Getting Americans to Care About Cybersecurity
A recent article on Slate ended with the statement, “There’s still no answer to the question of how to get Americans fired up about cybersecurity.” SecureState’s cybersecurity experts decided to get together and brainstorm ways to raise public awareness of cybersecurity risks. While certainly not a definite answer to the question of how to get Americans to care about security, we believe by taking a few small sets we will increase the likelihood that people will start to care about cybersecurity.
Security breaches at large companies have become major news stories. Unfortunately, these news stories can often be sensationalist and misinformed, scaring viewers with vague threats rather than providing a realistic overview of risk. The problems with this are twofold: viewers can become complacent when cyber security problems doesn’t seem like a credible threat or they could become overwhelmed and not know how to properly protect themselves. The key to solving this issue is for reporters to identify security experts who not only understand what happened in a security incident, but can translate it to the average viewer.
Accurate Representations of Hacking in the Media
As SecureState has covered before,films and TV shows often exaggerate hacking techniques and technologies to make them more “cinematic”. Unfortunately, these are often so unrealistic that it makes hacking seem like a sci-fi threat that can’t really affect them. Maybe Hollywood should look to the hacking scene in the Social Networkas a model for grounded, yet dynamic, portrayal of hacking.
Make it Personal
People will often become concerned about cyber security if an attack directly affects them or someone they know. The news media, educators, and security organizations can help make cyber-attacks personal for Americans by providing relatable guidance. For example, SecureState’s Vulnerability Linkage Theory shows in an easy to follow, step-by-step manner how choices that a person or organization makes leaves them vulnerable to attacks.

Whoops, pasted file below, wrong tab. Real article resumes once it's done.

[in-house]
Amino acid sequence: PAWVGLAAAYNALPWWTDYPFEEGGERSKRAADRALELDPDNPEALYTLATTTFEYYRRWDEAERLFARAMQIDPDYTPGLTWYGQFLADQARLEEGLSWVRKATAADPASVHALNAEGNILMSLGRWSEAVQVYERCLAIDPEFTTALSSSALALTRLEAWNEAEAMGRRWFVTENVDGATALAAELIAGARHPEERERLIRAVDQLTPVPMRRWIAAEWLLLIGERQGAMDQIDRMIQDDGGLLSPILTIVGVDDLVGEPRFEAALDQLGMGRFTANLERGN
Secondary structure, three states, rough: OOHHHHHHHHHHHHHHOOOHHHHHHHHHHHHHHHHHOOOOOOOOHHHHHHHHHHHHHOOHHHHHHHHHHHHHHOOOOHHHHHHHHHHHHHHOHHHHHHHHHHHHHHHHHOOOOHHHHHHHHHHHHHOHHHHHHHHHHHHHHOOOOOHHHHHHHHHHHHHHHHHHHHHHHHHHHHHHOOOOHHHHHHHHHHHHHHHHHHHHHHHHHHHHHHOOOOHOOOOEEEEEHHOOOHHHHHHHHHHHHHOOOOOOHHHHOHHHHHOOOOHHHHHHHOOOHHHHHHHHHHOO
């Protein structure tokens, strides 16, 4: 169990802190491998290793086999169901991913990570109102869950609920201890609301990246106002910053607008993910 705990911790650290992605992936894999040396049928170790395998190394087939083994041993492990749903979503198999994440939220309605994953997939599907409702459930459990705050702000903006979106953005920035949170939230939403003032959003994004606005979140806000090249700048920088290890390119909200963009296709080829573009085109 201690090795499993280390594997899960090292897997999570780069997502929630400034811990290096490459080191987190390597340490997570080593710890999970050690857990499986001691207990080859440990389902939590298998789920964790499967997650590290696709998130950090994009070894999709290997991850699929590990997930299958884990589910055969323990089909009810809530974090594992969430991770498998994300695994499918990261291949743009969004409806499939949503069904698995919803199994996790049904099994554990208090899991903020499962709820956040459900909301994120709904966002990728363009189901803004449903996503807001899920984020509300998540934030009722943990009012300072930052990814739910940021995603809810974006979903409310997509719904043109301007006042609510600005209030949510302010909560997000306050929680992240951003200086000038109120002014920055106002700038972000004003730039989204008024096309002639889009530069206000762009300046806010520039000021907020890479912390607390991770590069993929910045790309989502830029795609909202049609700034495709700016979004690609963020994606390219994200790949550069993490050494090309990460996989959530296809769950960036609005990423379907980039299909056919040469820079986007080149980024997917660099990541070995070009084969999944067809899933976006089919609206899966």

Elementary, Middle, and High Schools should include mandatory cyber security literacy in their computer courses. These lessons should be tailored to the students’ ages and devices/applications that they would probably use. For example, a lesson for a younger student can focus on communicating online safely, getting their parents’ permission to download apps, and identifying suspicious messages.
Public Awareness Campaigns
There are a number of security resources available if you know where to look. For example, the Department of Homeland Security offers toolkit materials for different audiences as part of the Stop.Think.Connect campaign and promotes security every October for National Cybersecurity Awareness Month. The National Cyber Security Alliance offers resources via StaySafeOnline. The problem is that the average American will probably only find these resources if they are actively seeking them out. Security organizations like these should identify ways to proactively reach Americans. Stop.Think.Connect actually has a number of short, informative videos that would be perfect for national TV spots, but instead are stagnating on YouTube with minimal views. Citibank put out clever identity theft commercials several years ago that Stop.Think.Connect or similar campaigns could use as inspiration for their own efforts. Another excellent example is this video from Jimmy Kimmel Live, where people are social engineered into revealing their passwords.
Simulated Phishing Attacks
This suggestion might be unfeasible, but could prove effective if conducted properly. ISPs and email services could send out a simulated phishing attack to their users that end up directing them to a webpage detailing strategies to identify and avoid phishing attacks.